What Is a Fixed-Rate Certificate of Deposit (CD)?
A fixed-rate certificate of deposit (CD) is an investment instrument that has a set interest rate over its entire term. CDs generally offer terms in increments of three months up to one year and then switch to two-year, three-year, and five-year terms. The longer the term of the fixed-rate CD, the higher the fixed interest rate. Large and small retail banks alike offer fixed-rate CDs.
- A fixed-rate certificate of deposit (CD) is an investment instrument with a set interest rate over its entire term.
- Upon maturity of a CD, holders can either withdraw the entire amount or roll it over into another CD.
- Typically, longer-term fixed-rate CDs pay higher interest rates, and there is a penalty for early withdrawal of funds from a CD.
- Unlike a variable-rate CD, the interest rate for a fixed-rate CD remains constant.
Understanding a Fixed-Rate CD
Savers who are conservative with their investments are attracted to fixed-rate CDs, which give them known income streams until maturity. Furthermore, because CDs are guaranteed by the Federal Deposit Insurance Corporation (FDIC) up to $250,000 (per account holder, per issuer), investors who place their money in these instruments feel comfortable about the safety of the asset value. Fixed-rate CDs may not pay as much interest as other fixed income securities, but conservative savers accept the trade-off of lower interest for lower capital risk.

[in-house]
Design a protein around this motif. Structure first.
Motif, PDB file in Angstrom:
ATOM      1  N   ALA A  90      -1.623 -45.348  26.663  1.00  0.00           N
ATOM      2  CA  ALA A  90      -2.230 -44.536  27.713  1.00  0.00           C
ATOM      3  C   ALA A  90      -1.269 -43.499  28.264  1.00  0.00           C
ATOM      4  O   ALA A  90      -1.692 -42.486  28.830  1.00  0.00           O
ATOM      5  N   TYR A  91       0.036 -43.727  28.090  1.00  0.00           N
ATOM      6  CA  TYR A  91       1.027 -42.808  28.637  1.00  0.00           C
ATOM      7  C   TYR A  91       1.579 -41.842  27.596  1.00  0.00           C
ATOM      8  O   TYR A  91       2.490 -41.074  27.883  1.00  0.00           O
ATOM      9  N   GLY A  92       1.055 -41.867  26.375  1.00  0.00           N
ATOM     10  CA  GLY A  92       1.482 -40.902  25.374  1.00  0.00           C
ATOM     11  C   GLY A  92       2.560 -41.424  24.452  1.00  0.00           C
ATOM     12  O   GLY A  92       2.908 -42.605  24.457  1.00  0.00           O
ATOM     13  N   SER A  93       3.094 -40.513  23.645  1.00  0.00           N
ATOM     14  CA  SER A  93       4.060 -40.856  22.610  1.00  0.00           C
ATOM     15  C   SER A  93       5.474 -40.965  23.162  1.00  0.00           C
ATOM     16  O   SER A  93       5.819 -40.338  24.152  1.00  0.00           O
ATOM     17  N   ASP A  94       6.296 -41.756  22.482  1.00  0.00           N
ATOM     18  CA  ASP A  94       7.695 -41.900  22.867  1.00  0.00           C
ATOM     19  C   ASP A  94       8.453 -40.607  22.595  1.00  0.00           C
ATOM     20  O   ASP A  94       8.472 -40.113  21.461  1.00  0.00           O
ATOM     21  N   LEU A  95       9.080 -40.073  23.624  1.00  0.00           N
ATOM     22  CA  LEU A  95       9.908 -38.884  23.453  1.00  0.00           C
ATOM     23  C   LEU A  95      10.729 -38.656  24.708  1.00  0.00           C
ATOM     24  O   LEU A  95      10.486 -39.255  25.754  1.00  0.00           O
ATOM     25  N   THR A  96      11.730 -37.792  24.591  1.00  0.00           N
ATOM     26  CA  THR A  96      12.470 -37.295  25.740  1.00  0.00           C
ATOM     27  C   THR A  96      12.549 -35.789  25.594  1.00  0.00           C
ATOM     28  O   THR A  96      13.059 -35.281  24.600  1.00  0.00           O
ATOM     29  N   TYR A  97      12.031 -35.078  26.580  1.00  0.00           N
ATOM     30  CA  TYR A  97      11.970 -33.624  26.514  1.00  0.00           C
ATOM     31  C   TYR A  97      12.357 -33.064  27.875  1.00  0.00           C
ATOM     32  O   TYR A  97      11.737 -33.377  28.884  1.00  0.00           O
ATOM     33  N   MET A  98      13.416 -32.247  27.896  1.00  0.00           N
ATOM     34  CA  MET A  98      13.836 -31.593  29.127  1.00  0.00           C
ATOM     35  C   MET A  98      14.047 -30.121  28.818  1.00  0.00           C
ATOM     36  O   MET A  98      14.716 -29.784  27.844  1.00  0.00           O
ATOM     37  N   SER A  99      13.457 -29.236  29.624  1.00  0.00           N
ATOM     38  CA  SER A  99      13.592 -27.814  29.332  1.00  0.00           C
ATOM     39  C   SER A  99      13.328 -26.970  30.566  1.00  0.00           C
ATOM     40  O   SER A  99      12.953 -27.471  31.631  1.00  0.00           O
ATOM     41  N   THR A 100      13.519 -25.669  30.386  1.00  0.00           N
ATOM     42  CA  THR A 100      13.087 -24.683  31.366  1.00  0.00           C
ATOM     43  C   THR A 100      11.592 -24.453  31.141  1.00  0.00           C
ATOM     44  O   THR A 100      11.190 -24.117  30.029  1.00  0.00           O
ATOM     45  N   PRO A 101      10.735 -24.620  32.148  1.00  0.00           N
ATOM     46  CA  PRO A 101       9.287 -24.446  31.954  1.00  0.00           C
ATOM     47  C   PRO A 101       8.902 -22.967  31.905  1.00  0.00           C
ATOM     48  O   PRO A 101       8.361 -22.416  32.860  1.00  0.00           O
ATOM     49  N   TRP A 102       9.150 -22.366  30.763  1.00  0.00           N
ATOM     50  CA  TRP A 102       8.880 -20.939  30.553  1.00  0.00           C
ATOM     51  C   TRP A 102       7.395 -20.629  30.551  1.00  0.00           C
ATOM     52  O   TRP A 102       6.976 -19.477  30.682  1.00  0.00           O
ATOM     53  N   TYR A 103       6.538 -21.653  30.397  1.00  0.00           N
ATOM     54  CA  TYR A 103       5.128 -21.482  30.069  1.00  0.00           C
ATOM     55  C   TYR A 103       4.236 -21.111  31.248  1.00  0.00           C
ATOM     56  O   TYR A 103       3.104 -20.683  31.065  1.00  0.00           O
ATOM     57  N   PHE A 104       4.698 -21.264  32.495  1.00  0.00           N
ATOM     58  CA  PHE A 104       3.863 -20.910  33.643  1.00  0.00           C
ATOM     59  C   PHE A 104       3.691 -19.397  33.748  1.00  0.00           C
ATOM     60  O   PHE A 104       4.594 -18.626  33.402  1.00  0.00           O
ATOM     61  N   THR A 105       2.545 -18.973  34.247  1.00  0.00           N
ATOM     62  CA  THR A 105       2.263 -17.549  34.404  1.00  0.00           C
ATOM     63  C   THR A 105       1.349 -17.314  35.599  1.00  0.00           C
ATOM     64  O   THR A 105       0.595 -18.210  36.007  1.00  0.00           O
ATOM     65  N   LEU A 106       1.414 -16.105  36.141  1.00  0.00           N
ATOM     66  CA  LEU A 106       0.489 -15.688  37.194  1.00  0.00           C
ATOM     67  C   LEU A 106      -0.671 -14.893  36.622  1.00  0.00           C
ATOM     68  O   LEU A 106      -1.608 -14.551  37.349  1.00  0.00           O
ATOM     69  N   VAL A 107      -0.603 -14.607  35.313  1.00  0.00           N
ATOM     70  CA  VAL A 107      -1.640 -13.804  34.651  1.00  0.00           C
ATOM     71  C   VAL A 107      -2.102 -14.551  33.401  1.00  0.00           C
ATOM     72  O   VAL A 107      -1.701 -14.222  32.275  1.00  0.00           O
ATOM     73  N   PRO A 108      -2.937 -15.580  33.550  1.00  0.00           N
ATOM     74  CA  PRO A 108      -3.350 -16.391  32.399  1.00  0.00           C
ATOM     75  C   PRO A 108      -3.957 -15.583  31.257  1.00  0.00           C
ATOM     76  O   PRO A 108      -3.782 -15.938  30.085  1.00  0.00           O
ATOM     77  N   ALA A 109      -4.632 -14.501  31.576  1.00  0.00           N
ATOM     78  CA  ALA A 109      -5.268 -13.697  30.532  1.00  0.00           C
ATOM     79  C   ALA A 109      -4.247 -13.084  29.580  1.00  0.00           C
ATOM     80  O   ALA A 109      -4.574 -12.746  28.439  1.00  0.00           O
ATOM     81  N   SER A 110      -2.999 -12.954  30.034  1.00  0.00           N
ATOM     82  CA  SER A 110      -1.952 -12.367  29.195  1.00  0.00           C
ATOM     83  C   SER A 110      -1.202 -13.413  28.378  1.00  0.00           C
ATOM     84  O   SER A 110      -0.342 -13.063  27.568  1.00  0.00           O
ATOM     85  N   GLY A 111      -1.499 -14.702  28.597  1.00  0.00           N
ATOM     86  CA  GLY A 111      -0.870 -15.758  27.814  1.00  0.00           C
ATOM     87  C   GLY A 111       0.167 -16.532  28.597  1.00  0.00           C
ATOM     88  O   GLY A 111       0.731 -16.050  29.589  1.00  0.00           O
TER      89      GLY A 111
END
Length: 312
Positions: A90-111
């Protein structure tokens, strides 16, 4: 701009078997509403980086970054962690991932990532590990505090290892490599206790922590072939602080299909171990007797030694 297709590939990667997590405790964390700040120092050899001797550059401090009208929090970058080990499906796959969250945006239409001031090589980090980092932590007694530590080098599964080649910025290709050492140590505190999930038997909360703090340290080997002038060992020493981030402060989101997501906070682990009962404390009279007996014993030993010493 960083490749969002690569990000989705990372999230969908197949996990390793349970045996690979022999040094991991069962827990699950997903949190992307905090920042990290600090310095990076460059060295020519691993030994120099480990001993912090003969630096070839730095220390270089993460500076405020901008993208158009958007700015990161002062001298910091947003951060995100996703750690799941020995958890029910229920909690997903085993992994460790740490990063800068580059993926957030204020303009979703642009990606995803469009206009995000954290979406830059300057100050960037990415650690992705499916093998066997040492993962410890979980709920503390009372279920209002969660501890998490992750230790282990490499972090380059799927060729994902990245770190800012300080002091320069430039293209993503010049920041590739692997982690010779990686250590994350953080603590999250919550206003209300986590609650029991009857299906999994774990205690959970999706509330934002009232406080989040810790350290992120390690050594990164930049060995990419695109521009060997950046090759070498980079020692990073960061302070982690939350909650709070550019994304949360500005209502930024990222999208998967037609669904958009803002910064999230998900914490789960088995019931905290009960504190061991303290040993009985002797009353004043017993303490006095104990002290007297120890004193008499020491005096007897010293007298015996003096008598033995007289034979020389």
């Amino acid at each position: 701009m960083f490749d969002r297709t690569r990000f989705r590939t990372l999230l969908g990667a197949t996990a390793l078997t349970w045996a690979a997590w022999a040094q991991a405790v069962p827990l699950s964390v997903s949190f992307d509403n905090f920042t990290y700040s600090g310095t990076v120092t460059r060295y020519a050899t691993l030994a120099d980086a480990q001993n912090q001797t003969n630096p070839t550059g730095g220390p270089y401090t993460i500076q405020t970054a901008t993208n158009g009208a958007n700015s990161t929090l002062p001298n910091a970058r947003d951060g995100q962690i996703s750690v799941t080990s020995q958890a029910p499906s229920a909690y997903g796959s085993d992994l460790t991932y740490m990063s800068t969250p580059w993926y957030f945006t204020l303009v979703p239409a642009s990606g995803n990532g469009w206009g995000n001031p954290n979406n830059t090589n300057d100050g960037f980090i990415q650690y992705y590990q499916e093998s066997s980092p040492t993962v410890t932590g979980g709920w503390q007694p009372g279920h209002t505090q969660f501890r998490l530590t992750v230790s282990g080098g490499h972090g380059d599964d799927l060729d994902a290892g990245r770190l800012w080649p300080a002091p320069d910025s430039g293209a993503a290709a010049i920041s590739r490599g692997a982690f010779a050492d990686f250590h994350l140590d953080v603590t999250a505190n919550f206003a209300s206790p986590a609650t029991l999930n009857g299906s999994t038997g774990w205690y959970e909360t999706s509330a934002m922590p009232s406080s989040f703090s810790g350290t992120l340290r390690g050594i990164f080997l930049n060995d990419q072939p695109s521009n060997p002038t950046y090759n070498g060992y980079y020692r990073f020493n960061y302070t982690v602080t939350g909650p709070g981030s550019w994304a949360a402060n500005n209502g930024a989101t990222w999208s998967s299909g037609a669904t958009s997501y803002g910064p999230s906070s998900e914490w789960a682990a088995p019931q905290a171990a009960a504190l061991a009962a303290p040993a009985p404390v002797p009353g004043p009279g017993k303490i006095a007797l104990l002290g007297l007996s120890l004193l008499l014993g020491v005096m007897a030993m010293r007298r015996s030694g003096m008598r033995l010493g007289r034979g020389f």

There is typically a penalty for early withdrawal of funds from a CD, so a CD holder almost always leaves the money in the instrument until it matures. Upon maturity, depending on the individual’s financial needs, he or she may roll over the matured CD into another one. The new fixed rate, however, is likely to be different from the one that just matured. The general interest rate environment in the economy determines how fixed-rate CDs are set by issuing banks.
Fixed-Rate CD vs. Variable-Rate CD
A variable-rate CD has a fixed term like the fixed-rate CD, but interest payments can fluctuate, as the CD’s rate is tied to a certain index, such as the prime rate index, consumer price index (CPI), or Treasury bill rate. The amount paid out is based on a percentage difference between the beginning index value and the final index value. An investor in a variable-rate CD is less risk-averse than a fixed-rate CD buyer, and the individual, by putting money into a variable-rate CD, may express his or her belief that interest rates in the economy will rise over the term of the CD. If that proves correct, the CD will have generated more interest than a fixed-rate CD.
CD holders must pay federal taxes on the interest they earn, at their tax bracket rate.
Example of a Fixed-Rate CD
A fixed-rate CD that guarantees interest rate returns of 5% is offered by a bank. The CD’s term period is six months. Tatiana invests $1,000 in the CD. After six months she has the option of withdrawing the $1,050 or rolling it over into another CD. She chooses the latter option and, at the end of a year, withdraws $1,100 upon its maturity. She will owe taxes on her $100 earnings.
Tatiana’s friend Marc has also invested $1,000 in the same CD, but he is forced to withdraw the entire amount after three months due to a family emergency. The penalty for early withdrawal is three months of interest. Marc pays a penalty of $12.50 for early withdrawal.